It takes just a few minutes to sign up and start listening to millions of tracks
When you first open the new Music app on iOS or iTunes 12.2 on your Mac, you’ll be invited to enrol in a threemonth trial of Apple Music. This requires that the Apple ID you use to sign into the iTunes Store has a bank card registered for payment, rather than just having credit on your account from iTunes gift cards, so that Apple has a means to take automatic payment for the monthly subscription past that trial period.
You don’t have to take up an Apple Music subscription to keep using iTunes on your Mac or the Music app on iOS devices to play a combination of iTunes Store purchases and music bought elsewhere, and you can hide almost all of the new features – see page 25. If you later decide to try it out, you can make Apple Music visible in your apps once again and then go to the For You page to start your trial from there. If you have a subscription to iTunes Match – or were planning to sign up to it to make your music collection, including tracks not bought from the iTunes Store, available to download from all your devices – Apple continues to offer that annual service. Its functionality is also part of Apple Music, so if you decide the extra features of the newer service are worth the total annual cost being more than five times as expensive, you should check and consider turning off automatic renewal of Match before the end of your current subscription period – do that in the same place as you manage your Apple Music subscription (see page 27).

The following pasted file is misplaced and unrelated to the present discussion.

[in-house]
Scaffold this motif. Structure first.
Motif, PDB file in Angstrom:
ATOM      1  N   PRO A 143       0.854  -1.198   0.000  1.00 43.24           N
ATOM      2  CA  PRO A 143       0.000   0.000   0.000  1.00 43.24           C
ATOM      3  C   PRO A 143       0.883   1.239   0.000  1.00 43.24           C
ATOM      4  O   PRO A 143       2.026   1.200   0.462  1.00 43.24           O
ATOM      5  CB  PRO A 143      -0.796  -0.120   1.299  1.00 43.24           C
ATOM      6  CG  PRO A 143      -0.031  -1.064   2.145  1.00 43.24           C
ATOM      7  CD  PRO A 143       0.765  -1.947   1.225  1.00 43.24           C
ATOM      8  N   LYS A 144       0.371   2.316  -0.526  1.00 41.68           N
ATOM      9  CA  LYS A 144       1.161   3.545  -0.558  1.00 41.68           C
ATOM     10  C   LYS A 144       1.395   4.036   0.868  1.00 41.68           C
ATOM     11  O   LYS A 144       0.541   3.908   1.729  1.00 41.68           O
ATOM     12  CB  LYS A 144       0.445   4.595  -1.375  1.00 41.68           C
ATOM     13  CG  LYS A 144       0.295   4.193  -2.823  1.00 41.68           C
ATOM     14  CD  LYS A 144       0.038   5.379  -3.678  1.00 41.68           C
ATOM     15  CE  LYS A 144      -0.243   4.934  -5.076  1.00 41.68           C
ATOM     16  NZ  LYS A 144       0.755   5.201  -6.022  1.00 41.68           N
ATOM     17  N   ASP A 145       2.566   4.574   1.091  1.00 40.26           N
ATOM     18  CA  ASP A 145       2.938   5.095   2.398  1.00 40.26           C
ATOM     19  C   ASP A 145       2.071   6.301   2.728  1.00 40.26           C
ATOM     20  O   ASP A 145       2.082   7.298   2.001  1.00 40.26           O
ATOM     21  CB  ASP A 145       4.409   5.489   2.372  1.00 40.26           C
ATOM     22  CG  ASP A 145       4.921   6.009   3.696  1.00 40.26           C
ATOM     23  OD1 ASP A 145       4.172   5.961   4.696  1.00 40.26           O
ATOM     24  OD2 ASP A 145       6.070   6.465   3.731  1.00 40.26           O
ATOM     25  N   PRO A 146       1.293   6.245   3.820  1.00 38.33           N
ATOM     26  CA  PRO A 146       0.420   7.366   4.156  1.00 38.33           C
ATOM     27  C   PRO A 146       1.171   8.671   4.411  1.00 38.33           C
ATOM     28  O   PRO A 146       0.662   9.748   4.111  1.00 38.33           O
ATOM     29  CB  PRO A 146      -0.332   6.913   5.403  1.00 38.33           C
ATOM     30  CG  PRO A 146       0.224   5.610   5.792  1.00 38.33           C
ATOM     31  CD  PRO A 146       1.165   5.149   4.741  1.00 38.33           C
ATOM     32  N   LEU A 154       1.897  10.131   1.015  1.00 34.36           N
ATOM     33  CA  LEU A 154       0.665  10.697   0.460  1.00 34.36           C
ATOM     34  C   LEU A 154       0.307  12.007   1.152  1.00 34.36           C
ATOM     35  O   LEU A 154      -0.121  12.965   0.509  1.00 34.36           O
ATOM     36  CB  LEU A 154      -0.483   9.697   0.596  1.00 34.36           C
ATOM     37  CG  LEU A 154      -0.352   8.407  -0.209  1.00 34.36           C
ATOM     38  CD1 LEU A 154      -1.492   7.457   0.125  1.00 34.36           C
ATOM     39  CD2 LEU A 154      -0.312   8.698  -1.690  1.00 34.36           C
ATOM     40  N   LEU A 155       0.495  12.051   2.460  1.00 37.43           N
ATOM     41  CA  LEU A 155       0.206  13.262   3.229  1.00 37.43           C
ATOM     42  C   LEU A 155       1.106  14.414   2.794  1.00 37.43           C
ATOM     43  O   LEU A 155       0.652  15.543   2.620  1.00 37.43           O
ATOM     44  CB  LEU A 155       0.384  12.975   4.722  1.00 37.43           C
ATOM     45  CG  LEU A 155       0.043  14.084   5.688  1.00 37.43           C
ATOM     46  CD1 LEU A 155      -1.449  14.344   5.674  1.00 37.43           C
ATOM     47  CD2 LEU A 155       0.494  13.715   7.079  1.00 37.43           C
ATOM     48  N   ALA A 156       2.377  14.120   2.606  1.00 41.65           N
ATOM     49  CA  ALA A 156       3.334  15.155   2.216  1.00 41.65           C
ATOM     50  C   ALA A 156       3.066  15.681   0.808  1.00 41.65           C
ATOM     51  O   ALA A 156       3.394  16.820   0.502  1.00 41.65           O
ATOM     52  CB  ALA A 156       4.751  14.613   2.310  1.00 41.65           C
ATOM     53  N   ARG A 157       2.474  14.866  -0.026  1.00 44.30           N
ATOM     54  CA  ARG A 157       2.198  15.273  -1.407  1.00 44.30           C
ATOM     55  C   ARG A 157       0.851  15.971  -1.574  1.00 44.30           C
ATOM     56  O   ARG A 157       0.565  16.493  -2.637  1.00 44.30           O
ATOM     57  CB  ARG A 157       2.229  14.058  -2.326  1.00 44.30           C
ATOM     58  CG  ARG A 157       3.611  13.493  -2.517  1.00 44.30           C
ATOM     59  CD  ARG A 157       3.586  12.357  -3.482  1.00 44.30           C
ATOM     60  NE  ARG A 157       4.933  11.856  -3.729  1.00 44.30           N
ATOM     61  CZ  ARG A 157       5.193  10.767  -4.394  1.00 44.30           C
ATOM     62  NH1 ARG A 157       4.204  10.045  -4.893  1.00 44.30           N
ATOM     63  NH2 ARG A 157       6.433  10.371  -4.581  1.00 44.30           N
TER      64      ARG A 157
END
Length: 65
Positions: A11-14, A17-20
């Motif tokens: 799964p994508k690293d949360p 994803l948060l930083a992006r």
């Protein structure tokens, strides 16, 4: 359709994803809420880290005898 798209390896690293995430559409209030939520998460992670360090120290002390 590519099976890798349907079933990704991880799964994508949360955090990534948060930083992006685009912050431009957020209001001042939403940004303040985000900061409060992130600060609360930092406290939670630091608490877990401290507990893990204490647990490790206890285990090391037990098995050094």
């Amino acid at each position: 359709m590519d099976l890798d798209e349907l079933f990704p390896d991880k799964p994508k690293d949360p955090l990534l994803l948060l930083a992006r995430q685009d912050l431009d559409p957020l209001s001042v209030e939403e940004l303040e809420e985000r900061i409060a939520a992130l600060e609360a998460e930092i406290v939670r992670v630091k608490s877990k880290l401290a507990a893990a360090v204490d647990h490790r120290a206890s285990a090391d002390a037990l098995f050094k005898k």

However, if it’s Apple Music that you’re uncertain about subscribing to in the long term, you should also see page 27 for how to avoid automatically paying for it after your trial period.
Apple Music asks you to identify things you like so it can suggest things to listen to. You can change your choices later by clicking your account name (top-right) and then Choose Artists For You.